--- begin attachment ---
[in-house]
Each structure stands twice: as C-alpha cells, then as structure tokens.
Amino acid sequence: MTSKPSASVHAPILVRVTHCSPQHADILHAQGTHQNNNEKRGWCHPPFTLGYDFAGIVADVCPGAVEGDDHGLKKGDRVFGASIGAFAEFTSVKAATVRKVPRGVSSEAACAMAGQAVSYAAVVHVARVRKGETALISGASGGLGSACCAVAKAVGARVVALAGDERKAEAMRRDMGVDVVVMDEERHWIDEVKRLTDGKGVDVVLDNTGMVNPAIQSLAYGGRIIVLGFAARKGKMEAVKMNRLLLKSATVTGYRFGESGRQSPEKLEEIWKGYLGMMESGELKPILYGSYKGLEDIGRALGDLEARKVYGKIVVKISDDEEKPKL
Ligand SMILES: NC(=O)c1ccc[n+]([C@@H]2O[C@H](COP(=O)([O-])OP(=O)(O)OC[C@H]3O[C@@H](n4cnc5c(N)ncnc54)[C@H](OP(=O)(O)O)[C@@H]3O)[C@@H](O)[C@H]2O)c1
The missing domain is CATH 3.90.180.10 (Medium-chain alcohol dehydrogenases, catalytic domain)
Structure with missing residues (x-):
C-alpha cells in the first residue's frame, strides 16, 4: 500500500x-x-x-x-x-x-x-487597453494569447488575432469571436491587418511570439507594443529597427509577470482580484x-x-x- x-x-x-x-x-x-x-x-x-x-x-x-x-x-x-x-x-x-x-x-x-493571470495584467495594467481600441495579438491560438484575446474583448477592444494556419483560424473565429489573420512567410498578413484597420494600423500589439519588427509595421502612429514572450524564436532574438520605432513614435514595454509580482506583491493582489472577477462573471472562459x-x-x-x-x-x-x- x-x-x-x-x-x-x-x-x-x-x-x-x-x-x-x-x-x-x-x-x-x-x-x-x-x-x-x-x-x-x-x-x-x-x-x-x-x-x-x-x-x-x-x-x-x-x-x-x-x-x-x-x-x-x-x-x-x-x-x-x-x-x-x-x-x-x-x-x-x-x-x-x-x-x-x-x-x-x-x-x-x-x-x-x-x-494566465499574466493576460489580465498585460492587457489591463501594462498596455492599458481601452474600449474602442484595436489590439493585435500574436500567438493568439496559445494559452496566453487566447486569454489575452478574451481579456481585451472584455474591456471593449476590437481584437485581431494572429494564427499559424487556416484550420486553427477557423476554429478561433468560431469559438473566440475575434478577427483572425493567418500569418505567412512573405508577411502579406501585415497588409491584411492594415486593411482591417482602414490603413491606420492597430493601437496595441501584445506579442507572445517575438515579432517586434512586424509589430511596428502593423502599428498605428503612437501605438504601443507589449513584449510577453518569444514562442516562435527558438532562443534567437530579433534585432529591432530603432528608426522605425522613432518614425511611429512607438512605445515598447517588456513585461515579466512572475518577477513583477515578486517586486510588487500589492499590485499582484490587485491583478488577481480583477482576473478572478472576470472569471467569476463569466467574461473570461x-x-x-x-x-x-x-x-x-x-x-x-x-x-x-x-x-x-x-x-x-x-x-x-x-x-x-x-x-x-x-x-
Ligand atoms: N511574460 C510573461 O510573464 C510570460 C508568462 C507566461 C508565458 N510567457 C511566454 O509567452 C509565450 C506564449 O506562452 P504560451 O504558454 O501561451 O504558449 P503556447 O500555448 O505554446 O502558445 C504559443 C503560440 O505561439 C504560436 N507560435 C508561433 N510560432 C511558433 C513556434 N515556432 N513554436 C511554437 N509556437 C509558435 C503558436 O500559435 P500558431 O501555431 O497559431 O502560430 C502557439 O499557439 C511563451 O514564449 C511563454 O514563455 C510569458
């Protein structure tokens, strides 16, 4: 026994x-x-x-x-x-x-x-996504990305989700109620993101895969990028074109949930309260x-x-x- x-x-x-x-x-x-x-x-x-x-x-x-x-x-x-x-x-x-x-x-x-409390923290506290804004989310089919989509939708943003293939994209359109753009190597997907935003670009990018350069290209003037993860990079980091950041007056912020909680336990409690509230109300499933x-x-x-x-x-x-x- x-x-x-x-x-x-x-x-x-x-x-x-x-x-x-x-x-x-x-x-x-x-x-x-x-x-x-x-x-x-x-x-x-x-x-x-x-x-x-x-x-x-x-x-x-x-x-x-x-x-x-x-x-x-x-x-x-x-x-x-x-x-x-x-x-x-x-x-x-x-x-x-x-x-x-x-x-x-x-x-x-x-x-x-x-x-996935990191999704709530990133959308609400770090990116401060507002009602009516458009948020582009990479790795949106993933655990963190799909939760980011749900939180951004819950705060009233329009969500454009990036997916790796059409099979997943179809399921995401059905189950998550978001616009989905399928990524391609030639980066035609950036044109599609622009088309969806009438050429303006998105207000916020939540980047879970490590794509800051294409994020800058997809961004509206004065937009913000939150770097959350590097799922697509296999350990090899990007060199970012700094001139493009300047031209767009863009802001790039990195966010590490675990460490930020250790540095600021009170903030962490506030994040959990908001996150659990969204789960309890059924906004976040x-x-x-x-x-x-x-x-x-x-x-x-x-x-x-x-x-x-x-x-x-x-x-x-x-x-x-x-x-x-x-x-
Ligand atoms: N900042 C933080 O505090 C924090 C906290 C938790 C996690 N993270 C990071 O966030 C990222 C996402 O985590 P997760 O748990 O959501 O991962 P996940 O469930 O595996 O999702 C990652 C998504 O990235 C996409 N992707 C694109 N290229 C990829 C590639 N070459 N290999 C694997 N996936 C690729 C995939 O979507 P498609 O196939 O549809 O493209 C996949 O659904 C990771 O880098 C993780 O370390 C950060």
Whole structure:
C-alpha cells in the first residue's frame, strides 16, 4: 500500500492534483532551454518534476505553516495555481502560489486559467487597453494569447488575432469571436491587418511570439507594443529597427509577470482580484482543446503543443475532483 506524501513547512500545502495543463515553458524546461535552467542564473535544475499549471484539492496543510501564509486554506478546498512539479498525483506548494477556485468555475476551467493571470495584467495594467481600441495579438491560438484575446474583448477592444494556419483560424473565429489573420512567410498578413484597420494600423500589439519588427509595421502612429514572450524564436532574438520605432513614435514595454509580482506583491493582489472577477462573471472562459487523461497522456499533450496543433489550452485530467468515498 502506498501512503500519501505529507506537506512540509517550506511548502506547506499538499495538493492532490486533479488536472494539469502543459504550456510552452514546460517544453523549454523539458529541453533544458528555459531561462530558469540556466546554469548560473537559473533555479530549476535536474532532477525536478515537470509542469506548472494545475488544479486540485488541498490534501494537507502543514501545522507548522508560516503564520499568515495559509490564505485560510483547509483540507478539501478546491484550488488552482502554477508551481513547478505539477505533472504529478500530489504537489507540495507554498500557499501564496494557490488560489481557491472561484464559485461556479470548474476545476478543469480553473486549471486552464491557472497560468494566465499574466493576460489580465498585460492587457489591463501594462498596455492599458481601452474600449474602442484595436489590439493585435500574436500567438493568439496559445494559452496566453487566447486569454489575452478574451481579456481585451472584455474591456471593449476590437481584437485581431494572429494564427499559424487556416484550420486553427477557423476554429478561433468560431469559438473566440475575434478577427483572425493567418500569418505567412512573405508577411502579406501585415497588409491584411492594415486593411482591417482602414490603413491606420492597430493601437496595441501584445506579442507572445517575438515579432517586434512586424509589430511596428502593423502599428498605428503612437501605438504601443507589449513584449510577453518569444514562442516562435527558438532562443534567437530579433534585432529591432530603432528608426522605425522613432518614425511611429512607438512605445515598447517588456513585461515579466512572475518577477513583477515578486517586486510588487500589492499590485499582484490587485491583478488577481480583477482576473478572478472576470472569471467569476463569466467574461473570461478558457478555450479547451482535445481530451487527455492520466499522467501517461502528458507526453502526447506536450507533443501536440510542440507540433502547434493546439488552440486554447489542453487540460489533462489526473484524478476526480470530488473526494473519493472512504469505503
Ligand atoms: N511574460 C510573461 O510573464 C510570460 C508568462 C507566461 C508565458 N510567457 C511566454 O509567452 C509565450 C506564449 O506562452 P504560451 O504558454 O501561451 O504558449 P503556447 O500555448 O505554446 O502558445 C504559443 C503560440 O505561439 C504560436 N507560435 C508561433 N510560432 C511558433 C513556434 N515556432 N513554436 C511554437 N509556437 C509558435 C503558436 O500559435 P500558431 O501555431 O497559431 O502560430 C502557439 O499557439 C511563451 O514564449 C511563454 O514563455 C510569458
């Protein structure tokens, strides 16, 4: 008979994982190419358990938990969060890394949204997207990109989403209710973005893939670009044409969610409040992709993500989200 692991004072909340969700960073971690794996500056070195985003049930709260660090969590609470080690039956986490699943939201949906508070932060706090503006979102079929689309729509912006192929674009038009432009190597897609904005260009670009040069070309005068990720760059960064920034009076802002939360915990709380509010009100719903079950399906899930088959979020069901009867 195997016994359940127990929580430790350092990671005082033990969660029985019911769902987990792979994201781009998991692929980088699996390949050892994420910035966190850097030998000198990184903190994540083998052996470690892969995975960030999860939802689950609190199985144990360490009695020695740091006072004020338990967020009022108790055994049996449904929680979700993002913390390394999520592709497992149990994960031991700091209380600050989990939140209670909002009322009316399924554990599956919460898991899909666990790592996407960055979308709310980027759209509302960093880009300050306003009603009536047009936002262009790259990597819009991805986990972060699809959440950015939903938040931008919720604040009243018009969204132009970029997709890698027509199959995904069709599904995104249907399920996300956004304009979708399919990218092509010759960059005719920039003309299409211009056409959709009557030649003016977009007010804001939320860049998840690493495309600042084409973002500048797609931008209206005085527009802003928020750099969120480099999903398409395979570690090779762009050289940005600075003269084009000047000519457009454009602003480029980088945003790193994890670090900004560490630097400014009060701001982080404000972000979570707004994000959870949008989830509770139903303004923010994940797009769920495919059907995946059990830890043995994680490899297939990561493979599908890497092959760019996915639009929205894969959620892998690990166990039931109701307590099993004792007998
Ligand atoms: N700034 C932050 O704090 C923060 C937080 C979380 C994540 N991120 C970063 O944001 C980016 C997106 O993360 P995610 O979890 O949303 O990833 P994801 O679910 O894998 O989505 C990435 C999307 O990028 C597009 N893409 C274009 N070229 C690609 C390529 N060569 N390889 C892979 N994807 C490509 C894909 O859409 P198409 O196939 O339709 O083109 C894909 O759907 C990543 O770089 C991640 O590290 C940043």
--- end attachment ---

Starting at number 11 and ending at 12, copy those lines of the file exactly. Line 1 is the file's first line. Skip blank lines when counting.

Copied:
Whole structure:
C-alpha cells in the first residue's frame, strides 16, 4: 500500500492534483532551454518534476505553516495555481502560489486559467487597453494569447488575432469571436491587418511570439507594443529597427509577470482580484482543446503543443475532483 506524501513547512500545502495543463515553458524546461535552467542564473535544475499549471484539492496543510501564509486554506478546498512539479498525483506548494477556485468555475476551467493571470495584467495594467481600441495579438491560438484575446474583448477592444494556419483560424473565429489573420512567410498578413484597420494600423500589439519588427509595421502612429514572450524564436532574438520605432513614435514595454509580482506583491493582489472577477462573471472562459487523461497522456499533450496543433489550452485530467468515498 502506498501512503500519501505529507506537506512540509517550506511548502506547506499538499495538493492532490486533479488536472494539469502543459504550456510552452514546460517544453523549454523539458529541453533544458528555459531561462530558469540556466546554469548560473537559473533555479530549476535536474532532477525536478515537470509542469506548472494545475488544479486540485488541498490534501494537507502543514501545522507548522508560516503564520499568515495559509490564505485560510483547509483540507478539501478546491484550488488552482502554477508551481513547478505539477505533472504529478500530489504537489507540495507554498500557499501564496494557490488560489481557491472561484464559485461556479470548474476545476478543469480553473486549471486552464491557472497560468494566465499574466493576460489580465498585460492587457489591463501594462498596455492599458481601452474600449474602442484595436489590439493585435500574436500567438493568439496559445494559452496566453487566447486569454489575452478574451481579456481585451472584455474591456471593449476590437481584437485581431494572429494564427499559424487556416484550420486553427477557423476554429478561433468560431469559438473566440475575434478577427483572425493567418500569418505567412512573405508577411502579406501585415497588409491584411492594415486593411482591417482602414490603413491606420492597430493601437496595441501584445506579442507572445517575438515579432517586434512586424509589430511596428502593423502599428498605428503612437501605438504601443507589449513584449510577453518569444514562442516562435527558438532562443534567437530579433534585432529591432530603432528608426522605425522613432518614425511611429512607438512605445515598447517588456513585461515579466512572475518577477513583477515578486517586486510588487500589492499590485499582484490587485491583478488577481480583477482576473478572478472576470472569471467569476463569466467574461473570461478558457478555450479547451482535445481530451487527455492520466499522467501517461502528458507526453502526447506536450507533443501536440510542440507540433502547434493546439488552440486554447489542453487540460489533462489526473484524478476526480470530488473526494473519493472512504469505503